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Nicaragua Canal - 1895-1916

The Nicaragua Canal Board, also known as the Ludlow Commission after its chairman, Col. William Ludlow, was appointed by President Grover Cleveland, April 25, 1895, to ascertain the feasibility of completing the Nicaragua Ship Canal begun by the Maritime Canal Company. The Board report, October 31, 1895, recommended a thorough reexamination of the route. President William McKinley appointed the Nicaragua Canal Commission (first Walker Commission), under Rear Adm. John G. Walker, July 29, 1897, which surveyed the route of the canal. The Nicaragua Canal [first Walker] Commission reexamineed the logistics of a canal route through the Isthmus of Nicaragua.

Any canal had a powerful domestic enemy in the transcontinental railway combination. These very Pacific roads were, however, themselves the first fruits of the country's post-bellum policy of encouraging private enterprise with promises of governmental support, and now it was proposed to carry out somewhat the same idea with regard to the Nicaragua canal.

Among many other projects, J.A. Latcha had planned the construction of the Duluth, South Shore, and Atlantic Railway Company (DSS&A) through the Upper Peninsula of Michigan in 1886. At that time, Latcha was the chief engineer and superintendent of construction for Brown, Howard & Co., contractors for the building of the DSS&A. Latcha argued against the Canal in 1898, writing in the a The North American Review "We cannot open the Nicaragua Canal without becoming involved in the diplomatic quarrels, the growth of centuries, in Europe. Are we strong enough as a naval power to enter the lists, not only against Great Britain, but against Germany and Russia? Can we dictate the policy of the Nicaragua Canal if we build it? Can we defend it against the world if our interests demand it? If not, we dare not build it? Our commercial salvation at this time demands that we stake our all on the maintenance of the Monroe doctrine, We must delay the opening of the Nicaragua Canal by every diplomatic device to the latest date possible. But when it is opened we must own and operate it solely for the purpose of forcing all traffic crossing the limits of the American continent into channels within the borders of the United States. To accomplish this result, we must make such improvements upon our great railroad system as would enable us to carry the worlds commerce at vastly less cost than now governs, and in doing this we would increase the tonnage carried on our lines of transportation. This action is essential for our self-preservation, and must be had before Russia opens the Trans-Siberian Railroad and perfects its outlet to the White Sea."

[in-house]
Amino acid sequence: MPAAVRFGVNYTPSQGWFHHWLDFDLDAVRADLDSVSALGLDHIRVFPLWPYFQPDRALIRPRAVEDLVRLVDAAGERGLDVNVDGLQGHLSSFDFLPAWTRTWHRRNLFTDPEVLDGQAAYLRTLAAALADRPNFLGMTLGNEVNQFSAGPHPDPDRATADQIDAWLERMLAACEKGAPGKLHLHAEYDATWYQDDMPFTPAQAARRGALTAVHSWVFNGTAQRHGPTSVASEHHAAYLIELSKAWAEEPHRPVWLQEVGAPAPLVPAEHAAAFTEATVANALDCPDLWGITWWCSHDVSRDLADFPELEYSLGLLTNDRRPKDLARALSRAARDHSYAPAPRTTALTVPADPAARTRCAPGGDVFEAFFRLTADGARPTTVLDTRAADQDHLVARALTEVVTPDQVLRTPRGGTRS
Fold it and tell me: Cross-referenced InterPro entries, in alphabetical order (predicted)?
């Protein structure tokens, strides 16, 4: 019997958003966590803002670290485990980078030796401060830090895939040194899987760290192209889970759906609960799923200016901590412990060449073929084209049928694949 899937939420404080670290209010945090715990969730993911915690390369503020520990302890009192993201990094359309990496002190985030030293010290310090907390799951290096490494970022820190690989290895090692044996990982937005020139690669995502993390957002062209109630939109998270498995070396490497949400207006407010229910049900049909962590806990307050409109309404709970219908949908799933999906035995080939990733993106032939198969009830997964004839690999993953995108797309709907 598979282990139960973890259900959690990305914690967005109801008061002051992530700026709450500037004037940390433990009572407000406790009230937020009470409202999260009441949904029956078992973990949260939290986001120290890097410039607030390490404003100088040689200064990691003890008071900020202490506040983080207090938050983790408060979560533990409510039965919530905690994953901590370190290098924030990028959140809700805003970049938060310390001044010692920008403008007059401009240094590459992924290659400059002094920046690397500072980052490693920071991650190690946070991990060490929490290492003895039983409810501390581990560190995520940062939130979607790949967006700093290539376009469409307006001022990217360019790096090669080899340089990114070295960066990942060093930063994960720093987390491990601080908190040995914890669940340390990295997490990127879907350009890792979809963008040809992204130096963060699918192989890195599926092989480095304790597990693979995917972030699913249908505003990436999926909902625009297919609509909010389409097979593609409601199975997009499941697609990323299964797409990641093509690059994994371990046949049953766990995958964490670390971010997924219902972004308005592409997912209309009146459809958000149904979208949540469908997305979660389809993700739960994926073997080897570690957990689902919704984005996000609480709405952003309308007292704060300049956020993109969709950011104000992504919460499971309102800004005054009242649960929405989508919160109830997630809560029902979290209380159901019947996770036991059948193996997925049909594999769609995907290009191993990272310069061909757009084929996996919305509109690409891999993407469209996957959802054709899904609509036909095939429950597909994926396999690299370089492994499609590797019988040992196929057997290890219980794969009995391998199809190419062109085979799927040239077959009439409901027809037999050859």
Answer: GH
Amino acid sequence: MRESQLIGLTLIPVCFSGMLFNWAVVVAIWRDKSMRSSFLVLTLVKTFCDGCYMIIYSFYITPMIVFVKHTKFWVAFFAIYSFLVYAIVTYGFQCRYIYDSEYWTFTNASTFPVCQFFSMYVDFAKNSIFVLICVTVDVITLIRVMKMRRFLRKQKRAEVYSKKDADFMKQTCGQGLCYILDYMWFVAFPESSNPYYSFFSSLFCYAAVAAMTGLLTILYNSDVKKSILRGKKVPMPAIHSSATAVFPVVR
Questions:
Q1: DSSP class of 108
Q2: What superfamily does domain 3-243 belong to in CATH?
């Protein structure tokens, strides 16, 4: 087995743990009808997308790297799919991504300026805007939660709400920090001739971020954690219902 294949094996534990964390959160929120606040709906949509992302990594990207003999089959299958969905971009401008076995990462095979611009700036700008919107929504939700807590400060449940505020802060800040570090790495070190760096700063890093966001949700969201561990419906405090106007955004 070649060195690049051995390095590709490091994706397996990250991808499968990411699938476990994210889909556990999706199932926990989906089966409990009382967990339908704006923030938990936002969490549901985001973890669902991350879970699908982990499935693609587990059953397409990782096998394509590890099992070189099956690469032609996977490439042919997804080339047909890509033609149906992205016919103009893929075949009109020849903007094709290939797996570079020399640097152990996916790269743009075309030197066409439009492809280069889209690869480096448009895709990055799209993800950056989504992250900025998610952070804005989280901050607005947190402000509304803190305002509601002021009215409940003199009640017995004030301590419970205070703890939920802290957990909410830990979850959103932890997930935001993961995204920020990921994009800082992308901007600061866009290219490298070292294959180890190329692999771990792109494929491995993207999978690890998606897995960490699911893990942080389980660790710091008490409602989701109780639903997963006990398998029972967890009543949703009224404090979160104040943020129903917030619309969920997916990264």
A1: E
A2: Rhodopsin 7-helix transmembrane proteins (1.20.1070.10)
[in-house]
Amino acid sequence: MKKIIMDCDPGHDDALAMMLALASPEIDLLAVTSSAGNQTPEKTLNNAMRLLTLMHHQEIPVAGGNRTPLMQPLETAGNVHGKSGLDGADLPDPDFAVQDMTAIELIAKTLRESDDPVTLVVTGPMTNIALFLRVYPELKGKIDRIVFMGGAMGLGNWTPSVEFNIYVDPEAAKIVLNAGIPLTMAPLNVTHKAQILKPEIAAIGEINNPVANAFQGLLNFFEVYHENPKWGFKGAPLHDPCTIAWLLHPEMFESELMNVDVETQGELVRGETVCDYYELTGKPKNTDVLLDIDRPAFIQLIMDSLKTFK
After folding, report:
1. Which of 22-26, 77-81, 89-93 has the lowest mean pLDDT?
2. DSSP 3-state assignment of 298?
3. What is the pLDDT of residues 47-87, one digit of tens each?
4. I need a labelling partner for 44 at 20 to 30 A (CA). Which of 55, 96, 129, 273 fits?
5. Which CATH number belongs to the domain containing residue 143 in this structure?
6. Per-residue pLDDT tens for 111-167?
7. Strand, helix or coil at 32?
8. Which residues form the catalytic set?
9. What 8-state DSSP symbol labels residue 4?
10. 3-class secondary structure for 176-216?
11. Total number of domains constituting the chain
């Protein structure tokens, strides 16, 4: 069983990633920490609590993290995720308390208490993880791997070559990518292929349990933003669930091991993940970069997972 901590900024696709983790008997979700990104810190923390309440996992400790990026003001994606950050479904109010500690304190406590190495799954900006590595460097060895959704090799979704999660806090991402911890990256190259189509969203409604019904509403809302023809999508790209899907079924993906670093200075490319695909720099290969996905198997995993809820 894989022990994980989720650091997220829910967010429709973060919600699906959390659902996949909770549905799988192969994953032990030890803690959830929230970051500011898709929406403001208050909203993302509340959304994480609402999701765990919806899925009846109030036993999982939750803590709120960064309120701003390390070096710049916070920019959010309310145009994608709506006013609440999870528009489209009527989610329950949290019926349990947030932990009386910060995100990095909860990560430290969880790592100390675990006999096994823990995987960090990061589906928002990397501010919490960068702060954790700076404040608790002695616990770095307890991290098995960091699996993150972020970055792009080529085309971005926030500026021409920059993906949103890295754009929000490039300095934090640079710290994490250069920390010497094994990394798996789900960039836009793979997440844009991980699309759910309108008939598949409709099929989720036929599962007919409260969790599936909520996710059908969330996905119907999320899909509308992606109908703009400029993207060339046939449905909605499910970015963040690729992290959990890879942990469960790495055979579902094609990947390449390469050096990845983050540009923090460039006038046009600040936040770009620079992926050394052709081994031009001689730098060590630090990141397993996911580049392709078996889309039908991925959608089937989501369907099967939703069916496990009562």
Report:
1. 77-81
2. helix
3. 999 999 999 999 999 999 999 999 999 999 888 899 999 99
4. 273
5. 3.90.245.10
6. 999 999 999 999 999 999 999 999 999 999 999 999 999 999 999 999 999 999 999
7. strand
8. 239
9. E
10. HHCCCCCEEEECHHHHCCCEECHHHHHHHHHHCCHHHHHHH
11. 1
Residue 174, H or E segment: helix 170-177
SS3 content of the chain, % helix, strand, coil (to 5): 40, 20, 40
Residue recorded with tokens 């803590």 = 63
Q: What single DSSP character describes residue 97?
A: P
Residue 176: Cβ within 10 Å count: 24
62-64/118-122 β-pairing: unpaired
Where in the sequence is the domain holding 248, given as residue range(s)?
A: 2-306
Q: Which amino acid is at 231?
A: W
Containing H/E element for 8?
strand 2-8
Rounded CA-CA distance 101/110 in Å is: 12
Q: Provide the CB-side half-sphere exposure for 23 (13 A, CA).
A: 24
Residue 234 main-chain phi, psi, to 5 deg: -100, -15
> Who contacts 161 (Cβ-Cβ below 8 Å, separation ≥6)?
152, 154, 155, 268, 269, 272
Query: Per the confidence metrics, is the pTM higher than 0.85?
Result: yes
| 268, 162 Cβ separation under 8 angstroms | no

After studies from December 1897 through February 1899, the Nicaragua Canal [first Walker] Commission submitted its report in March 1899. The commission estimated the cost of construction at $118,113,790 not including interest and administration. The Senate Committee on Interoceanic Canals was established on 15 December 1899, succeeding the Senate Select Committee on the Construction of the Nicaragua Canal, 1895-99. As its name implies, the initial focus of this committee was on legislation to authorize the construction of an isthmian canal to connect the Atlantic and Pacific Oceans, not neccessarily through Nicaragua.